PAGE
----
Students at American University (AU) are at odds with faculty over whether trigger warnings help or hurt free speech on campus.
On Sunday, the AU undergraduate senate unanimously voted in favor of a bill formally endorsing trigger warnings, according to the campus newspaper, The Eagle.
The bill was a response to a resolution passed by AU’s faculty last month, which questioned the propriety of trigger warnings and, separately, vowed to strengthen free speech protections on campus. FIRE praised AU’s faculty for the move in a press release last month, citing it as a positive development in our effort to encourage colleges and universities nationwide to adopt the University of Chicago statement on free speech.
Inside Higher Ed reported on the faculty’s stance with regard to trigger warnings late last month:
The [faculty] resolution was not prompted by an incident at AU, but concerns -- especially among librarians -- that they might be asked in the future to provide such warnings.
‘As laws and individual sensitivities may seek to restrict, label, warn or exclude specific content, the academy must stand firm as a place that is open to diverse ideas and free expression. These are standards and principles that American University will not compromise,’ the resolution says. ‘Faculty may advise students before exposing them to controversial readings and other materials that are part of their curricula. However, the Faculty Senate does not endorse offering 'trigger warnings' or otherwise labeling controversial material in such a way that students construe it as an option to 'opt out' of engaging with texts or concepts, or otherwise not participating in intellectual inquiries.’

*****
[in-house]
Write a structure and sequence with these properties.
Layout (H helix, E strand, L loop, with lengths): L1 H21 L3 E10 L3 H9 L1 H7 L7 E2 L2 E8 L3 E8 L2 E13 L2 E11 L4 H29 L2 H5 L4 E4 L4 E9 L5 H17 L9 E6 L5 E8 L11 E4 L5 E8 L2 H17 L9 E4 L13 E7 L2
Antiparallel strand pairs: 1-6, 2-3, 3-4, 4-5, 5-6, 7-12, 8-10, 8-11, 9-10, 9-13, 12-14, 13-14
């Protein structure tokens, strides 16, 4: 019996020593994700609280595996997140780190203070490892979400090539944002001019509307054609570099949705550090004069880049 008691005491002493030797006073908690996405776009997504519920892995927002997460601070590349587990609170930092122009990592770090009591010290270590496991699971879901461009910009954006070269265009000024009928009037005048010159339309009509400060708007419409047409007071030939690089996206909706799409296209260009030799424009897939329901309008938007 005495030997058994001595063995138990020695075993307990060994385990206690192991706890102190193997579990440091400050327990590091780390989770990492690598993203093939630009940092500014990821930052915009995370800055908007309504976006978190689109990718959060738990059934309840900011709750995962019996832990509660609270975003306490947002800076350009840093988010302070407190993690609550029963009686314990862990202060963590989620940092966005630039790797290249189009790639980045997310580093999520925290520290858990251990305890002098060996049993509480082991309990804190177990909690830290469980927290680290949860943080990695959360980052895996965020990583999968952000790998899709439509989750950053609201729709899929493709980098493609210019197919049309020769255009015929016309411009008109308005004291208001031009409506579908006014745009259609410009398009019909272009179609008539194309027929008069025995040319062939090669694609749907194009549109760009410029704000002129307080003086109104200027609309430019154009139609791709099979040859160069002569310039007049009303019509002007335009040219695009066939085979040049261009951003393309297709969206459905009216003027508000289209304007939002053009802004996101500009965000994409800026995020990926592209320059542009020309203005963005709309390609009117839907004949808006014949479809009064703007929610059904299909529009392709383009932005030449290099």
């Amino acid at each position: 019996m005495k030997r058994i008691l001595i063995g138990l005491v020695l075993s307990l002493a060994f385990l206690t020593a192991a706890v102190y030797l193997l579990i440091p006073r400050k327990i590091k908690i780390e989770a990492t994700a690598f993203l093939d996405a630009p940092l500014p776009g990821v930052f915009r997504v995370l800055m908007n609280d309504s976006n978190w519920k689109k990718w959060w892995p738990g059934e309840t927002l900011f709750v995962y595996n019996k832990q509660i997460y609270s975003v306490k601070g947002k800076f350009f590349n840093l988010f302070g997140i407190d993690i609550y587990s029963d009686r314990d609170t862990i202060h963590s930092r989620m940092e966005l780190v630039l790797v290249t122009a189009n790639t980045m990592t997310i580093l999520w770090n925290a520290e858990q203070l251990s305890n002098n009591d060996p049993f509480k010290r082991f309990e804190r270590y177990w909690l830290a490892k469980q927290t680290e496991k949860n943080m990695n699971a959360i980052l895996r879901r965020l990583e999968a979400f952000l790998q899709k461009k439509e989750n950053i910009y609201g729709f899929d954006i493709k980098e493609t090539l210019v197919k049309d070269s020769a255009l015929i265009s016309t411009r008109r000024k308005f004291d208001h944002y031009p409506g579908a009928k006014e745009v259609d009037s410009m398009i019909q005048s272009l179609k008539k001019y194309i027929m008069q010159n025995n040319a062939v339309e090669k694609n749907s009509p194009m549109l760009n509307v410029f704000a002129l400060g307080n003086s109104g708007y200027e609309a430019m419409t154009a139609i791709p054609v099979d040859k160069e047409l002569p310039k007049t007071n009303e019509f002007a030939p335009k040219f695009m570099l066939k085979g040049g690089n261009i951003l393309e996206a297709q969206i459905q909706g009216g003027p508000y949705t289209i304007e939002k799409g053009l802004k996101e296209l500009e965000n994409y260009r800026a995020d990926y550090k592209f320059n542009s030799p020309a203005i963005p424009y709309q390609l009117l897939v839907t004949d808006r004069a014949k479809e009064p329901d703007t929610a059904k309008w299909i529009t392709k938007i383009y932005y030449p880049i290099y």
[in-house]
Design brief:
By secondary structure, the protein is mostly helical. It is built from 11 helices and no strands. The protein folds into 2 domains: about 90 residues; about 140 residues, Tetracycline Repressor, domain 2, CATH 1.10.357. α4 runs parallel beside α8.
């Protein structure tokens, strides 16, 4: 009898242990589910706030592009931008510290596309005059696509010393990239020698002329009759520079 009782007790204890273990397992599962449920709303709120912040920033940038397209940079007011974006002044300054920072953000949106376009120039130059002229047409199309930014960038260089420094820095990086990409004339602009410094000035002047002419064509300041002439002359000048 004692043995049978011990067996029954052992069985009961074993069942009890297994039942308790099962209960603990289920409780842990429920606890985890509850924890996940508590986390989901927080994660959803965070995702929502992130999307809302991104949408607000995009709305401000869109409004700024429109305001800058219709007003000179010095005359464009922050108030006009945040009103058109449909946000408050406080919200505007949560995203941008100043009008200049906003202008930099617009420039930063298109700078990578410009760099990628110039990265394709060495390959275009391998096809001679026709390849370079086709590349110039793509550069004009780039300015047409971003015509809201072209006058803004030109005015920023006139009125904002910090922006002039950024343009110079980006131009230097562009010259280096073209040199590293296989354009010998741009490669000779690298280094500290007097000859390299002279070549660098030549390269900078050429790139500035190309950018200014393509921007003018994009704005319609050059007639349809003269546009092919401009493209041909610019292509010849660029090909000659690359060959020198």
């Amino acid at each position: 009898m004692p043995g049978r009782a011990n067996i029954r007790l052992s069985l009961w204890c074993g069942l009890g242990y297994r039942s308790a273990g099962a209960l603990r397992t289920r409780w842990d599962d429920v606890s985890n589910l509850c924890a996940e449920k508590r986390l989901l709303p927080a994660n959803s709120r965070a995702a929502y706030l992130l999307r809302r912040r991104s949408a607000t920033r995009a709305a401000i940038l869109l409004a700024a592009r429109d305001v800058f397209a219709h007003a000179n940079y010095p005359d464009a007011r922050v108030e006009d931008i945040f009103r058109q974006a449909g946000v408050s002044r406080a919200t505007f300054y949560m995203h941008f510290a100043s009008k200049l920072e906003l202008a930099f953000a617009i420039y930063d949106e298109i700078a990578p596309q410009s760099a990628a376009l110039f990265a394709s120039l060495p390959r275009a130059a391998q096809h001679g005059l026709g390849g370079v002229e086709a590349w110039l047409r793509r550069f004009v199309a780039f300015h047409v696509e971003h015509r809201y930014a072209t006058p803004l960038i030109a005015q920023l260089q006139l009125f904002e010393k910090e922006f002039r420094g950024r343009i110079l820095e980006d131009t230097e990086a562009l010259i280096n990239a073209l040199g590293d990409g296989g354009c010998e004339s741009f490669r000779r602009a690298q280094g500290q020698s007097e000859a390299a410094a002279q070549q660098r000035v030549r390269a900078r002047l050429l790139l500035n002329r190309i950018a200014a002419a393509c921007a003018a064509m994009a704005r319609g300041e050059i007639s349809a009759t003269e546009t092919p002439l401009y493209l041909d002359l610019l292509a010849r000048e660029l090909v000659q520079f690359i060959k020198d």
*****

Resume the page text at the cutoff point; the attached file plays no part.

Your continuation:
In contrast, the Eagle reports that the author of the student senate bill believes trigger warnings improve campus discourse:
“I believe that the faculty senate was confused as to what a trigger warning is, and that’s why I decided to pass the legislation,” [student senator Shannon] McDermott said.
She believes that trigger warnings facilitate free speech in classrooms, as they alert students to what will be discussed, giving those who might feel triggered by the material time to prepare.
According to the Eagle, neither the faculty resolution nor the student initiative will have an immediate impact on university policy.
The duelling resolutions come in the midst of a national debate about free speech on campus, spurred in part by the cover story for The Atlantic’s September issue, “The Coddling of the American Mind,” co-authored by FIRE President and CEO Greg Lukianoff and NYU professor Jonathan Haidt. Haidt and Lukianoff argue that by providing trigger warnings, universities reinforce bad intellectual habits by encouraging students to avoid engaging critically with difficult topics.
FIRE will continue to monitor this story as it develops.